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Found 9 results

  1. Fossil Mosasaur Teeth.jpg

    From the album MY FOSSIL Collection - Dpaul7

    Fossil Mosasaur Teeth Khourigba, Morocco TIME PERIOD: Late Cretaceous (~70 Million Years ago) Data: First and most importantly, mosasaurs are not dinosaurs. Mosasaurs (from Latin Mosa meaning the 'Meuse river', and Greek sauros meaning 'lizard') are an extinct group of large marine reptiles. Their first fossil remains were discovered in a limestone quarry at Maastricht on the Meuse in 1764. Mosasaurs probably evolved from an extinct group of aquatic lizards known as aigialosaurs in the Early Cretaceous. During the last 20 million years of the Cretaceous period (Turonian-Maastrichtian ages), with the extinction of the ichthyosaurs and pliosaurs, mosasaurs became the dominant marine predators. They became extinct as a result of the K-Pg event at the end of the Cretaceous period, about 66 million years ago. Kingdom: Animalia Phylum: Chordata Class: Reptilia Order: Squamata Family: †Mosasauridae
  2. Trade-Europe

    Hi! I would like to exchange these fossils for Miocene material or Mesozoic/Cenozoic echinoids/corals. Unfortunately, I can only trade with european members. 1-Mosasaur teeth;spinosaur tooth;otodus obliquus tooth (if you need more info, please pm me).
  3. NSR Texas Mosasaur Teeth

    Mosasaur teeth. All personal finds. North Sulphur River Texas.
  4. What do you guys think about these? Listed as Mosasaurus hoffmanni from a European dealer (Theo) that I've purchased from before and seems to have a good reputation. Seems as though Mosasaur fossils are one of the most commonly and easily forged fossils so i just want to make sure before I purchase them! Size is listed as 5.4cm, 4.6cm, 4.8cm respectively. These are the only pictures I have of three separate teeth:
  5. Mosasaur Id

    Is it possible to identify the species of mosasaur by the teeth alone? I have several that I've found over the years that I want to segregate and display by species but there's just not a lot of info on the net that helps when discussing solitary teeth. I've narrowed the four most common species found in Alabama to Tylosaurus, Platecarpus, Clidastes, and of course Globidens. This basically leaves me with three choices for Id-ing these teeth after I cross out Globidens. A few of these are repost teeth but hopefully you all will let me slide this one time! Thanks in advance for any help/comments! The first two teeth are my largest and are unlike any others in my collection. One has smooth enamel while the other is faceted. The first tooth is round in cross section, it's 1-15/16" long and 1-1/8" wide. The 2nd tooth is oval in cross section, it's 2" long and 1" wide. The first four pictures are of the first tooth, while the last four are of the second tooth!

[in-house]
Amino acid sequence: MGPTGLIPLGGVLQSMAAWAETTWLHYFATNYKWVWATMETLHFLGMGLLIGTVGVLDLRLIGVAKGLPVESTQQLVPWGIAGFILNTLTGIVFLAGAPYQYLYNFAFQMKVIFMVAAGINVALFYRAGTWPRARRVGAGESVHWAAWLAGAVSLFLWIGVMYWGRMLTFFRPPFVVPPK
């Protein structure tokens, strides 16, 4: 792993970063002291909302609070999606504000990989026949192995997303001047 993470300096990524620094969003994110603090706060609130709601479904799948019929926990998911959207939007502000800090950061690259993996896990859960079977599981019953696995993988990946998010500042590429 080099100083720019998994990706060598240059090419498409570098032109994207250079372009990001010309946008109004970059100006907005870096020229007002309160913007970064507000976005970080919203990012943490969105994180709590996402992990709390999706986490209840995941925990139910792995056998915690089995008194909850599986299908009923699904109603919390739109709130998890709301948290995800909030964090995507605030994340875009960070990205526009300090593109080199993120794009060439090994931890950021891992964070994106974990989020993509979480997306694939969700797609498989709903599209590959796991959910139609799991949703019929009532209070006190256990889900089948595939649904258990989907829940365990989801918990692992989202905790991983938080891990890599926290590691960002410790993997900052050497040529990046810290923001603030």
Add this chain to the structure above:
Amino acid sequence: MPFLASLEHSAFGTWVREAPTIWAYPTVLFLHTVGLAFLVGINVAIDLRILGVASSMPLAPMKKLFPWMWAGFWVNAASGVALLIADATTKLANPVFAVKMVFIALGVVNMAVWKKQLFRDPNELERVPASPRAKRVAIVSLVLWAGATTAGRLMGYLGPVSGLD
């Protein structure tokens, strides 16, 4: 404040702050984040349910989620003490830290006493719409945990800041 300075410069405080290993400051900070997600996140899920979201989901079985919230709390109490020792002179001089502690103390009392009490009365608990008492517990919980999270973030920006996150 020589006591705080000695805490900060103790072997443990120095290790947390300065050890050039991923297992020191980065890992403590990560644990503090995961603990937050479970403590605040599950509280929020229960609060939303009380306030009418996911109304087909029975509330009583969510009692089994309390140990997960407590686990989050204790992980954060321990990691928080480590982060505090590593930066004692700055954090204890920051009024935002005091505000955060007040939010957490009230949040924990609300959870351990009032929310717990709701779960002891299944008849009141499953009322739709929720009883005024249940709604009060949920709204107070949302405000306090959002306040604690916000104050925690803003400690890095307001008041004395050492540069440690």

6. Mosasaur Large Teeth Crowns collection

    From the album Reptiles & Marine Reptiles collection

    Assorted collection of Moroccan mosasaur teeth comprising of species: Lidon anceps / Prognathodon, Prognathodon curri & Beaugei
  7. Mosasaur Collection 01

    From the album Reptiles & Marine Reptiles collection

    Assorted collection of Moroccan Mosasaur teeth of various sizes and species
  8. Mosasaur Teeth On stands

    From the album Reptiles & Marine Reptiles collection

    Collection of Rooted Mosasaur Teeth (Prognathodon) on display stands
  9. I am aiming to collect various genus of mosasaur to add to my collection and have been gathering several small specimens from various places that look to be from different genus and have tried to ID them with my limited knowledge (I am sure I probably got a lot of these wrongs, so anyone who could confirm the ID of these teeth would be greatly appreciated!) anyhow here are my collection so far, they are all from Morocco, presumably all from Khouribga : Picture 1: Looks to be Proganathodon (or mostly anyway...) Picture 2: Looks to be Proganathodon also (I think...) Picture 3: Platecarpus (the striations seem to confirm this, but I can't be 100% sure) Picture 4: Beaugei (I am assuming from the conical curvy contour that I have seen online that have been ID'd as such) Picture 5: Possibly a Beaugei? (have seen some teeth ID's as Beaugei that seems to show the bladed with ridged shaped also, so I am taking a shot in the dark here also...) Picture 6: Anceps (again, based from online search of pictures and tried to compare with what I have..) Picture 7: Pathological Mosasaur Tooth? - never seen one before, so I am sure if such things exist, but this one looks a little strange in terms of its shape, can't be sure if its a bad fix or bad attempt at compositing but the specimen is so small and of little value so I could see no reason to even try to composite it. These ones are my larger teeth 2 of them with roots, presumably all are Prognathodon: Specimen u: Specimen V: Specimen W: Specimen X Anyway, hope u enjoy watching and hopefully any one with more expertise than me would be able to help confirm the IDs of these teeth. I would be very happy even if I get just half of them right - Mosasaur teeth especially the small ones are just so hard to ID and notice their key defining features, with so little visual encyclopedic materials going on around online.